USCIS furloughs of 13,000 now likely as bailout funds stall


White House Briefing with Acting Secretary of Homeland Security Chad F. Wolf 20 March 2020

Official White House Photo by Shealah Craighead

Support migrant centric journalism today and donate

Comments by Sanwar Ali:

There is so much uncertainty over this.  Is the threat of a furlough an attempt to put pressure on Congress to agree a deal and provide the $1.2 billion that is apparently needed by USCIS?  If furlough does happen there will be even more delays in the overburdened US immigration system.

Trusted Trump advisers such as anti-immigration “white supremacist” Stephen Miller may actually be happy if the US visa system grinds to a hault.  USCIS is headed by immigration hardliner Ken Cuccinelli whose boss is another immigration hardliner Chad Wolf head of the Department of Homeland Security (DHS).  Danielle Spooner, President of the American Federation of Government Employees Local 119, which represents workers within USCIS had the following to say:

“By failing to fund this agency, the administration has managed to use the global pandemic to effectively shut down all immigration to the U.S. by the end of the month, hurting thousands of American families and businesses in the process.”

Previously, it was even suggested that USCIS actually had enough money anyway, and there was no need for a furlough.  Hopefully everyone will see sense and will realise what an enormous embarrassment it will be for the US, and disaster it will be for migrants and businesses if furlough does actually happen.

The ongoing saga over whether United States Citizenship and Immigration Services (USCIS) will have to furlough more than 13,000 staff took another twist recently as talks over bailout funds stalled. The delay has prompted Trump to announce that he would now take executive actions to revive a bill that Congress has failed to agree on.

USCIS asked for a $1.2 billion bailout from Congress, with Republicans presenting a proposal for how the funds would be used. Funds for the bailout are tied into the next coronavirus stimulus package, but Democrats and the White House have failed to reach an agreement over the bill.

With no immediate resolution likely, any hope of USCIS receiving funds has all but ended. USCIS now seemingly has no other option but to furlough staff, potentially plunging the USA’s immigration system into chaos.

No plan B to provide USCIS funding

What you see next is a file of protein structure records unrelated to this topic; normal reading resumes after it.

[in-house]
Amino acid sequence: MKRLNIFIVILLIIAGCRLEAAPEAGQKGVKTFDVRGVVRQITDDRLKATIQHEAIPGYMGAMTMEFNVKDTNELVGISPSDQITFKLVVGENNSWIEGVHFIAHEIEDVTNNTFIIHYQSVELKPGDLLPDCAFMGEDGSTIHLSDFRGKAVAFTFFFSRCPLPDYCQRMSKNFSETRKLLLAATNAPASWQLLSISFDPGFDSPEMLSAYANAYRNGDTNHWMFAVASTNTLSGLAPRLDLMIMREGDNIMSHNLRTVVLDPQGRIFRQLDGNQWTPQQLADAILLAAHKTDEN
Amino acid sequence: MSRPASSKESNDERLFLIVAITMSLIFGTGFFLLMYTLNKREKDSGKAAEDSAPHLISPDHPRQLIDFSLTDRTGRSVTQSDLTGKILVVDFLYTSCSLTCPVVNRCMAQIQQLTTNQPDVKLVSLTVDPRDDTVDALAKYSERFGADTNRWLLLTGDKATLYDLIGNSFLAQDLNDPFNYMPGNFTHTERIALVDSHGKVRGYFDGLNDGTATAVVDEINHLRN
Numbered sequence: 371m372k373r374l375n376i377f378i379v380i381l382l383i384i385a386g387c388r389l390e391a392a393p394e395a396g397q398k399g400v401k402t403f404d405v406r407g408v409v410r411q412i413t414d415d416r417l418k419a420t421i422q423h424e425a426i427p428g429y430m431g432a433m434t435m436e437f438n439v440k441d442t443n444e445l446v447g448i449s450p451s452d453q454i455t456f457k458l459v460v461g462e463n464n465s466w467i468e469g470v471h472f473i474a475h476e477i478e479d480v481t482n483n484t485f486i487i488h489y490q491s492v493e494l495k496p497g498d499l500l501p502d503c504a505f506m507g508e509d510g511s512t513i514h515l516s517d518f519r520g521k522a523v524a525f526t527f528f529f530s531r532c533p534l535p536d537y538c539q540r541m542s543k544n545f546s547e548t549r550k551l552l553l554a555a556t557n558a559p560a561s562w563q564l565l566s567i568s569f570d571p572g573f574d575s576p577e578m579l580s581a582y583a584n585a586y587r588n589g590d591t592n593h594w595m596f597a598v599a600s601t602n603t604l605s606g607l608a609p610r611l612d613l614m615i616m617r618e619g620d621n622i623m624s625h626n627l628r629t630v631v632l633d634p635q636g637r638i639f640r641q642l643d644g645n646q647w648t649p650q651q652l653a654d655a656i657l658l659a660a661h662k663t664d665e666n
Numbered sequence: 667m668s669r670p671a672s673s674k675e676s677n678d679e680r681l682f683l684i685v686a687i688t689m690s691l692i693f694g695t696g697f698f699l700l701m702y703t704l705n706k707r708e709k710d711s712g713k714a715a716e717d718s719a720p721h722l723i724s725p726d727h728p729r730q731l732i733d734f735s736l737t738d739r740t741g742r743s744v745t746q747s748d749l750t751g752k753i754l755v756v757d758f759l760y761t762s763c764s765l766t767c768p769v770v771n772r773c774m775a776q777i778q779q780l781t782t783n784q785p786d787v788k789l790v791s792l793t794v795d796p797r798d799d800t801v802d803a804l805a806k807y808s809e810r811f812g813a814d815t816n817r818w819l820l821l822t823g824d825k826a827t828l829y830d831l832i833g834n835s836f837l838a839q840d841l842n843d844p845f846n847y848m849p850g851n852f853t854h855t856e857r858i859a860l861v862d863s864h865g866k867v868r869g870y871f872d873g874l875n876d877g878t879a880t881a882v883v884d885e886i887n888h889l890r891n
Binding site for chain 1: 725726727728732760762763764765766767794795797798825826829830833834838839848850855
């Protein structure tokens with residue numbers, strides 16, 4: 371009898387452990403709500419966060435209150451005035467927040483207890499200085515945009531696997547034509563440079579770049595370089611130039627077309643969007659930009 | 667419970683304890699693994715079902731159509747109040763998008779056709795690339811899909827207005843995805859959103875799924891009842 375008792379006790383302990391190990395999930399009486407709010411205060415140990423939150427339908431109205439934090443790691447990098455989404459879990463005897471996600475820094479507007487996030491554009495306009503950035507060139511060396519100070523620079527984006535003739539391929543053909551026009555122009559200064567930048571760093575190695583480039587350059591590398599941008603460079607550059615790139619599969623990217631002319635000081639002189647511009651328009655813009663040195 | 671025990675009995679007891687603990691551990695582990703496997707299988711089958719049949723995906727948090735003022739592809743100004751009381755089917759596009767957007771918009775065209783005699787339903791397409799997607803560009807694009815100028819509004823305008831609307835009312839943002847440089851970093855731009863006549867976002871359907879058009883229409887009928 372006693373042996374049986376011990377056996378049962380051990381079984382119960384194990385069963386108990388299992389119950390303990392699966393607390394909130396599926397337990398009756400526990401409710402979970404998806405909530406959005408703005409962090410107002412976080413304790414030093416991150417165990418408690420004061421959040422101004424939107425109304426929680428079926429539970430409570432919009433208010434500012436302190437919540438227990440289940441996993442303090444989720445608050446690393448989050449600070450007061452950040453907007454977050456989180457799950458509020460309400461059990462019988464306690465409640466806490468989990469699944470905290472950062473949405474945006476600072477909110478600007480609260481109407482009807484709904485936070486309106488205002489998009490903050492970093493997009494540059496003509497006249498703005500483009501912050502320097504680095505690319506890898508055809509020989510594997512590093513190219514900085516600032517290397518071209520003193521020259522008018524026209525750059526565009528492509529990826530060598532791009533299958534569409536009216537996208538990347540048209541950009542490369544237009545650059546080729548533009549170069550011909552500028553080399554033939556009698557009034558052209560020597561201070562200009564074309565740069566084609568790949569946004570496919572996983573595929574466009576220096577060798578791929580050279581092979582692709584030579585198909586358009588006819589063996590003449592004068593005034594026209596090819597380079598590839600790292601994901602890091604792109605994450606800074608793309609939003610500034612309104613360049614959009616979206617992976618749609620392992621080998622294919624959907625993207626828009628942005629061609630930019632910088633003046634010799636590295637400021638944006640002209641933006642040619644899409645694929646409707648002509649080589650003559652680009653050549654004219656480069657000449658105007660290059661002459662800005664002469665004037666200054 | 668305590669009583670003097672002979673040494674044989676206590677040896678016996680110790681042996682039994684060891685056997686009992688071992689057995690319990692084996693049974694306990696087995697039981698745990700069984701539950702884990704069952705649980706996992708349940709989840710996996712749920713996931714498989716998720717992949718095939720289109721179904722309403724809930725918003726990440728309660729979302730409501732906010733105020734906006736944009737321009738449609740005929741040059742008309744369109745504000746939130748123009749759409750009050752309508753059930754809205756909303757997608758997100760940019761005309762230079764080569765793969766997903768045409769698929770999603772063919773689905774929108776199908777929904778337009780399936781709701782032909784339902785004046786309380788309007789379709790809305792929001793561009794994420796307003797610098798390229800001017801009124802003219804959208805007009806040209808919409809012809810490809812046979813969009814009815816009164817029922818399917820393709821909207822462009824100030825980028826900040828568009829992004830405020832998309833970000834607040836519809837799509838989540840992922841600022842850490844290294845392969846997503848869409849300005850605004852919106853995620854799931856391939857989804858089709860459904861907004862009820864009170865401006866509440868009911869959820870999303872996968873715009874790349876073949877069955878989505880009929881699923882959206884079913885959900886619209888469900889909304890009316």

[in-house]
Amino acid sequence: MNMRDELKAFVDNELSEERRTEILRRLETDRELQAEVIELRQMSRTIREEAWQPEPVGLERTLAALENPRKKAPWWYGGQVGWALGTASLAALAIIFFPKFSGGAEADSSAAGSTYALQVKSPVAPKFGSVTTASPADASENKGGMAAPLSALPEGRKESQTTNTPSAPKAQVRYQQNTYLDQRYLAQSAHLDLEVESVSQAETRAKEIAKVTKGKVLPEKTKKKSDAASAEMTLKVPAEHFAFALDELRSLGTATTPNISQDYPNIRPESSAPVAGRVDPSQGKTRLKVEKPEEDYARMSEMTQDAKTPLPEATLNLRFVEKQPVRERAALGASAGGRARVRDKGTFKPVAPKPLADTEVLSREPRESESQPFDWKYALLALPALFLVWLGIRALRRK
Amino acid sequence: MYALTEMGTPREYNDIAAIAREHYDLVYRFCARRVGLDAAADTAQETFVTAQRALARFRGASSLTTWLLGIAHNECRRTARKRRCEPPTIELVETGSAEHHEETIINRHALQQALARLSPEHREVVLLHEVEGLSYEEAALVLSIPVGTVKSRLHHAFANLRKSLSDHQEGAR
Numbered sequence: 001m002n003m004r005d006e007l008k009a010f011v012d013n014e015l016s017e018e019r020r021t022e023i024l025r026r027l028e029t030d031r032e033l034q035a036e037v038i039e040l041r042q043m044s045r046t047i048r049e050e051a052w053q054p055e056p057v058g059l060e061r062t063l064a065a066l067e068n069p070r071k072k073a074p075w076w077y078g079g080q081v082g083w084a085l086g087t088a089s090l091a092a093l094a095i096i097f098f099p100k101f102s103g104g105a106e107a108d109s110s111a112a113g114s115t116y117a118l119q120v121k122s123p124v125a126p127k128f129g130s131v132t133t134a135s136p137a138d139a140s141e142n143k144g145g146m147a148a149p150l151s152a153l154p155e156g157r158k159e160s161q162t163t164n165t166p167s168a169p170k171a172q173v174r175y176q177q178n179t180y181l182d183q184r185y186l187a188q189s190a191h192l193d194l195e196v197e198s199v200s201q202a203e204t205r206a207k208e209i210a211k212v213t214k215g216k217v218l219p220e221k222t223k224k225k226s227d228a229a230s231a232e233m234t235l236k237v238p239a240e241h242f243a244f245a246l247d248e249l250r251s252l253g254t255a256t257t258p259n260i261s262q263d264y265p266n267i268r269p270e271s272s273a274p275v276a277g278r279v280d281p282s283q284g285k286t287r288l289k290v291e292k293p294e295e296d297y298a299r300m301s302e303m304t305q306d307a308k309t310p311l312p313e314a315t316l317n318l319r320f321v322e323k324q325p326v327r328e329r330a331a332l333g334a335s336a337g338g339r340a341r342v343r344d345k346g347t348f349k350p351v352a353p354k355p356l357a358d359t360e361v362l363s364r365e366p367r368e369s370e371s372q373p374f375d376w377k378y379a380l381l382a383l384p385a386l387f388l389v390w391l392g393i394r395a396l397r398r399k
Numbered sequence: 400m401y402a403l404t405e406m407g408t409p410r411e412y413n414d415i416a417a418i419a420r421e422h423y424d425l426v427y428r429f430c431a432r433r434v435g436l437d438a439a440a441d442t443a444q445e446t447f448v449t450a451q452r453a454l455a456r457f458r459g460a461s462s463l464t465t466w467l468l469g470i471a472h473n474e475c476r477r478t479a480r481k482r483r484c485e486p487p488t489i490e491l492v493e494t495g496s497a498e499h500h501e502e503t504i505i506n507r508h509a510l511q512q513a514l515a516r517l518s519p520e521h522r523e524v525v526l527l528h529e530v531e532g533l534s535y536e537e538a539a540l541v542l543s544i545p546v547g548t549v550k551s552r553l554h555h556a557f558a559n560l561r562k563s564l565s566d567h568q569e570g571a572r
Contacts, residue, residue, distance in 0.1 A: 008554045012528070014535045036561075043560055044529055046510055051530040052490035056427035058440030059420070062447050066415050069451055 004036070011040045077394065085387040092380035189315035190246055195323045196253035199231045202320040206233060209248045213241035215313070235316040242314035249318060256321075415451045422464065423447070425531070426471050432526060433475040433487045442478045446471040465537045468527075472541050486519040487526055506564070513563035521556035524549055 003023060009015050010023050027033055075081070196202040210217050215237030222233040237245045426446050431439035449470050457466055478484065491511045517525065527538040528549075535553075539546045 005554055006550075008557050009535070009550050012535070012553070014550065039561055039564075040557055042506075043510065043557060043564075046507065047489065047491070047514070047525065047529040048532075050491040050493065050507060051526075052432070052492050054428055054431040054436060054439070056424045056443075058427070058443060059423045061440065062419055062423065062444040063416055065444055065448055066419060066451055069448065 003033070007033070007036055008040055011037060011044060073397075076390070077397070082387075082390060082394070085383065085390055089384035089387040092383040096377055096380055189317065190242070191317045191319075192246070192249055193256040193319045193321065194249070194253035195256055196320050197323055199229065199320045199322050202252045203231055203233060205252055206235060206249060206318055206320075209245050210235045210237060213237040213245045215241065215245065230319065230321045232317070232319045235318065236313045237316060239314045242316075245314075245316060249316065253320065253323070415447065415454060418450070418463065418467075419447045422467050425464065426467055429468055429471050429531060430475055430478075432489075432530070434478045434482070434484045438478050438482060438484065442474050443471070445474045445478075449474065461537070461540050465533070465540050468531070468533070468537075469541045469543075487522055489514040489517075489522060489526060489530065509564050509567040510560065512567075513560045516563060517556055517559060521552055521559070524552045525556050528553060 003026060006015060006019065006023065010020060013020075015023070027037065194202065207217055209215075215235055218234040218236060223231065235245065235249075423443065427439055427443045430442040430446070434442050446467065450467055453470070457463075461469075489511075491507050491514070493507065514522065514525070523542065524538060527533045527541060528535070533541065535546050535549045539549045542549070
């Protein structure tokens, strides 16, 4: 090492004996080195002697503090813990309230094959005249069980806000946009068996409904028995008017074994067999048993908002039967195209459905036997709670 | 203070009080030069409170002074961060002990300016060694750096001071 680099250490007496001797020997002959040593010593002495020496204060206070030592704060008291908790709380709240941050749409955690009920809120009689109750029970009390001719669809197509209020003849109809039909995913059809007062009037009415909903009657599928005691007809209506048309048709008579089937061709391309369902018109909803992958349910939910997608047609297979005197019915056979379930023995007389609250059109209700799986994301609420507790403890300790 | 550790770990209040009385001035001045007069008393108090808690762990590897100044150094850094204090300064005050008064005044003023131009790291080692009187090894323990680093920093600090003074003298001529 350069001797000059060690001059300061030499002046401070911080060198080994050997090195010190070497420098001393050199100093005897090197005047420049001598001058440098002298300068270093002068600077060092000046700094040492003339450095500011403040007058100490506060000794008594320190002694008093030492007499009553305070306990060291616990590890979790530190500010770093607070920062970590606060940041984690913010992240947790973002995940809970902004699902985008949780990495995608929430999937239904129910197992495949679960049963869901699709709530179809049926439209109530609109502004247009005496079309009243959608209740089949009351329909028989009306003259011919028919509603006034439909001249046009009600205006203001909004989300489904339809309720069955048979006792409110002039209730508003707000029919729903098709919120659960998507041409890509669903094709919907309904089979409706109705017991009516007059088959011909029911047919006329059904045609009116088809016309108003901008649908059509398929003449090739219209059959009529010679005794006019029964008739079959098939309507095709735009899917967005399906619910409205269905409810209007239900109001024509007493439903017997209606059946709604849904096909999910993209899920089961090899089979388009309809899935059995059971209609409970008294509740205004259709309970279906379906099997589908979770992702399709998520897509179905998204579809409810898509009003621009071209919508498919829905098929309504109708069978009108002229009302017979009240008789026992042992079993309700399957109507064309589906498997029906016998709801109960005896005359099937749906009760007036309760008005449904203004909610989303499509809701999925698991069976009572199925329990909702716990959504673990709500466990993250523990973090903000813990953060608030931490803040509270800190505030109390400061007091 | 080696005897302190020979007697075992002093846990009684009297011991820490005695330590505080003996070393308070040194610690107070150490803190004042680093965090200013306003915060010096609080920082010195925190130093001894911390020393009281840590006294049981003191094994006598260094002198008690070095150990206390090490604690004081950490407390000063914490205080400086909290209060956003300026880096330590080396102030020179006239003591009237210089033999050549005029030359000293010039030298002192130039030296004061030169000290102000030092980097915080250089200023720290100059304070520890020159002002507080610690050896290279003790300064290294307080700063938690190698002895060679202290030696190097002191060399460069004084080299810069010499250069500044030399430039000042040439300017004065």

During an interview with CNN, a congressional aide said: “There’s no plan B. The next opportunity to generate any funding will be in September through appropriations legislation – unless a COVID package is pulled together. The question is whether USCIS will delay furloughs and give us that opportunity.”

Talks did open regarding a bailout for USCIS and Customs and Border Protection (CBP). This prompted USCIS to delay furloughs until the end of August. The agency had initially planned to start furloughing staff on August 3.

Reassurances from Congress and an increase in US visa and immigration applications and petitions seemingly enabled USCIS to halt furloughs.

A USCIS statement said: “In the past few months, USCIS has taken action to avert a fiscal crisis, including limiting spending to salary and mission-critical activities. Without congressional intervention, USCIS will have to take drastic actions to keep the agency solvent.”

When asked about stimulus talks stalling, USCIS declined to comment on outstanding legislation.

Furloughs devastating for USCIS employees and migrants

Michael Knowles, president of the American Federation of Government Employees local union that represents Washington, DC, area employees told lawmakers in July that furloughs would be ‘devastating’.

Mr Knowles said: “A furlough would be devastating not only to the civil servants and their families who would be without a paycheck -- but devastating also to millions of legal immigrants and lawful permanent residents, as well as to millions of American citizens.”

The concerns expressed by Knowles were echoed by former USCIS chief counsel, Ur Jaddou, who said: “A diminished workforce would result in even longer processing times and bring the system that hundreds of thousands of immigrants rely on to a standstill.”

Jaddou pointed out that there could be a surge in US visa and immigration applications, which adds funds to the coffers, before fee increases take effect. She said: “Is it enough to forestall a furlough as planned? I don't know.”

The prospect of furloughs has also sparked concerns among lawmakers. Democrat and vice chairman of the Senate Appropriations Committee, Patrick Leahy, welcomed furlough delays until the end of August, but said: “I’m troubled by the Trump Administration pushing for furloughs in the first place.”

It remains to be seen whether furloughs will occur at the end of August or once again be delayed. can help with US employment-based visas

If you would like to apply for a US work visa – including L1 visasE2 visasO1 visas and H1B visas - can help. is a specialist visa services firm with over thirty years of experience dealing with visa applications. We can help with a wide range of visa applications to your country of choice. Contact us for further details.  You can also telephone 0344 991 9222.